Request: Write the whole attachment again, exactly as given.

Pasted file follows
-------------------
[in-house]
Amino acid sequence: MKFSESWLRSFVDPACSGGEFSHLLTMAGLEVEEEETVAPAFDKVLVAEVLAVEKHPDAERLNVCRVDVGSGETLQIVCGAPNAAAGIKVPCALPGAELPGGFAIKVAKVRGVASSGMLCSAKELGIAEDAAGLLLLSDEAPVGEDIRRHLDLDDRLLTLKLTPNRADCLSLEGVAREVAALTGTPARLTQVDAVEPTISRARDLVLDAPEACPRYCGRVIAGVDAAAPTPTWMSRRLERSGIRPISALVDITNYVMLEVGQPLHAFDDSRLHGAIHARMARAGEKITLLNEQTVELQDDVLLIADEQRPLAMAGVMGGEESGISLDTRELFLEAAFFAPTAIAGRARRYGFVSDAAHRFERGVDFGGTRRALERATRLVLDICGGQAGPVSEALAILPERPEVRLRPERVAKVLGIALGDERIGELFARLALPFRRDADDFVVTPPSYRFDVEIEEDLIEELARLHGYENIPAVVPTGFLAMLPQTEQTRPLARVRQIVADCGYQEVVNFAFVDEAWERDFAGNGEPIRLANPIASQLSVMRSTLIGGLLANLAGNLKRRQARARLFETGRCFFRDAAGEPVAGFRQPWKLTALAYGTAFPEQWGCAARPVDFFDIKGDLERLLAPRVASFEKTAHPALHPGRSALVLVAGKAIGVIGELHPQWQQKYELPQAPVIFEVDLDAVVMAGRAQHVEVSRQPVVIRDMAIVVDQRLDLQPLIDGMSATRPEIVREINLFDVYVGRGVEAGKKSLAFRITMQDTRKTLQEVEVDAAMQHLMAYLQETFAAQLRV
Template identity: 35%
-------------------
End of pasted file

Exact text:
[in-house]
Amino acid sequence: MKFSESWLRSFVDPACSGGEFSHLLTMAGLEVEEEETVAPAFDKVLVAEVLAVEKHPDAERLNVCRVDVGSGETLQIVCGAPNAAAGIKVPCALPGAELPGGFAIKVAKVRGVASSGMLCSAKELGIAEDAAGLLLLSDEAPVGEDIRRHLDLDDRLLTLKLTPNRADCLSLEGVAREVAALTGTPARLTQVDAVEPTISRARDLVLDAPEACPRYCGRVIAGVDAAAPTPTWMSRRLERSGIRPISALVDITNYVMLEVGQPLHAFDDSRLHGAIHARMARAGEKITLLNEQTVELQDDVLLIADEQRPLAMAGVMGGEESGISLDTRELFLEAAFFAPTAIAGRARRYGFVSDAAHRFERGVDFGGTRRALERATRLVLDICGGQAGPVSEALAILPERPEVRLRPERVAKVLGIALGDERIGELFARLALPFRRDADDFVVTPPSYRFDVEIEEDLIEELARLHGYENIPAVVPTGFLAMLPQTEQTRPLARVRQIVADCGYQEVVNFAFVDEAWERDFAGNGEPIRLANPIASQLSVMRSTLIGGLLANLAGNLKRRQARARLFETGRCFFRDAAGEPVAGFRQPWKLTALAYGTAFPEQWGCAARPVDFFDIKGDLERLLAPRVASFEKTAHPALHPGRSALVLVAGKAIGVIGELHPQWQQKYELPQAPVIFEVDLDAVVMAGRAQHVEVSRQPVVIRDMAIVVDQRLDLQPLIDGMSATRPEIVREINLFDVYVGRGVEAGKKSLAFRITMQDTRKTLQEVEVDAAMQHLMAYLQETFAAQLRV
Template identity: 35%